Whether they are trying to alleviate symptoms of a legitimate condition or are using the medication to alleviate their emotional distress, such individuals take it upon themselves to increase their dosage or begin taking opiates that aren’t prescribed to them, which renders the painkillers ineffective.
Alternately, individuals who are prescribed opiate painkillers might be diverting their medications, or selling them to substance abusers for a profit. Individuals who divert their prescription medications don’t usually abuse the drugs themselves, but it’s just as bad to sell them to individuals who shouldn’t be taking them for recreational abuse.
Prescription Drug Addiction and Dependency Signs
If an individual is abusing prescription drugs, there are signs that may indicate a problem.
One of the most common signs of a prescription drug addiction is a tendency to appear incredibly drowsy and lethargic, sometimes even beginning to fall asleep while sitting up or even standing—often colloquially referred to as “nodding out.”
While opiates bind with the brain’s pain receptors to prevent the individual from feeling pain, opiate painkillers also act as a depressant on the body, causing drowsiness, slurred speech, slowed cognition and reaction.
These individuals also will frequently be defensive when asked about their drowsiness, making excuses that serve to justify their being on the brink of sleep while sitting or standing. When a prescription drug user actually does nod off, their breathing will be incredibly, unnaturally slow. In fact, it may be difficult to detect that the individual is breathing at all.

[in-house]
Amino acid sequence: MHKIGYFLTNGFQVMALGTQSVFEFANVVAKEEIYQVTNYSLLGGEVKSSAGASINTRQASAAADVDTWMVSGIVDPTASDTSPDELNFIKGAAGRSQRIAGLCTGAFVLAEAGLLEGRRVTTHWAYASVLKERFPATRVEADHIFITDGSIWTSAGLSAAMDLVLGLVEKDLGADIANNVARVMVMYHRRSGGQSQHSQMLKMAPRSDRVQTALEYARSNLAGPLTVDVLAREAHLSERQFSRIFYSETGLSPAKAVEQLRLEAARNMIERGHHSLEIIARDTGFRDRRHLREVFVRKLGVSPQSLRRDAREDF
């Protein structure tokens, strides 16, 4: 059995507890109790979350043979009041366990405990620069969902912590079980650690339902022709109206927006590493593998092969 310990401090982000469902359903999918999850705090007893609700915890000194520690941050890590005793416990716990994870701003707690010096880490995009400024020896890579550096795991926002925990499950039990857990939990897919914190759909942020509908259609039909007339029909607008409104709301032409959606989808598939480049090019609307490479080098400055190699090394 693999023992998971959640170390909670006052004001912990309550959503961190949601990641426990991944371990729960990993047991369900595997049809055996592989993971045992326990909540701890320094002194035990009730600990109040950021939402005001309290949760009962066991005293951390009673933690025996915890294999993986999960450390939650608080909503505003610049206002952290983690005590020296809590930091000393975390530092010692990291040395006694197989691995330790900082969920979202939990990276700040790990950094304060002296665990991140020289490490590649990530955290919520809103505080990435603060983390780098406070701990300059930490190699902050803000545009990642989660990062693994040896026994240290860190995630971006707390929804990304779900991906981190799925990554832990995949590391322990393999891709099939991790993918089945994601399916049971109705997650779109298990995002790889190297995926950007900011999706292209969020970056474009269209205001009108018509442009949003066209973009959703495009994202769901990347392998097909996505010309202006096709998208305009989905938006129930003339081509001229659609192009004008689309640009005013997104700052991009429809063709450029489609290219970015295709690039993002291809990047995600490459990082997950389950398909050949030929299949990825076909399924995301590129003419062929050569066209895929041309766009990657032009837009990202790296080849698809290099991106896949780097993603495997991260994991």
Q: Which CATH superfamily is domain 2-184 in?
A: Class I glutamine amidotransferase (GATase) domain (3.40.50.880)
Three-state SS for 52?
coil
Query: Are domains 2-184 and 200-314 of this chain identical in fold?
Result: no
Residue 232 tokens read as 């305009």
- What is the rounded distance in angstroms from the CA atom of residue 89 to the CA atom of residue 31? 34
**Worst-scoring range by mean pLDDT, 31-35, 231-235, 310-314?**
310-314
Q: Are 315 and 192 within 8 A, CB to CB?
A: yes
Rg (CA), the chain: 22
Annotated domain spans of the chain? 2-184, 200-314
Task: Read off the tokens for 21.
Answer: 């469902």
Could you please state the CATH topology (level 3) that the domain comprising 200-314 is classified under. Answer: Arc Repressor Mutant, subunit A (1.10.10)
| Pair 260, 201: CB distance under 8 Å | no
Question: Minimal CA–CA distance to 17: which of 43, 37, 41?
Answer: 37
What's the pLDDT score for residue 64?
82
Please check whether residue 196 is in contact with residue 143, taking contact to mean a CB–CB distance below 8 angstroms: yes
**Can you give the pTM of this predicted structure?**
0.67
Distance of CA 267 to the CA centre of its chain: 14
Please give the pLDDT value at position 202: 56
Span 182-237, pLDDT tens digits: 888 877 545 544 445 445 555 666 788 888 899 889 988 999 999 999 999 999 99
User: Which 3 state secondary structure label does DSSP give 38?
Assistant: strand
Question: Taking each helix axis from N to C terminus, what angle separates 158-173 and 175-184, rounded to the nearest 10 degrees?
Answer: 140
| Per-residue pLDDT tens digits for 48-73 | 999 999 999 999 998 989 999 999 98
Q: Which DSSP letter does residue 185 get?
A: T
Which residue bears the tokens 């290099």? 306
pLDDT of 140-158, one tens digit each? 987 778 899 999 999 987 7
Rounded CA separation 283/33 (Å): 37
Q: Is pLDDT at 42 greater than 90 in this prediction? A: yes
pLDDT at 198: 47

When an opiate painkiller addict is without painkillers for one day or more, they will begin to exhibit symptoms of withdrawal. Some of the most common withdrawal symptoms experienced by a person in opiate addiction include sweating, nausea, vomiting and/or diarrhea, twitching or jerking of the limbs, sneezing, watery eyes, sniffles, aches and pains throughout the body, moodiness, and pronounced insomnia.
With these symptoms being so unpleasant and potentially painful, the majority of individuals with prescription drug addiction will become quite desperate to keep withdrawal symptoms at bay, which might result in resorting to behaviors such as stealing—even from their own loved ones—to obtain painkillers and overcome this uncomfortable period.
A Better Life Is One Phone Call Away
It many cases, there are clues that an individual might be suffering from prescription drug addiction or some other type of drug. It is important to be aware of these signs so that people who are struggling with addiction can receive the help they need to beat this deadly disease.
If you or someone you love would benefit from learning more about treatment, call all New Perspectives at 855-463-0793 today or connect with us online for a free consultation and assessment. Let one of our recovery specialists help you or your loved one begin the journey of healing and regain physical and mental health.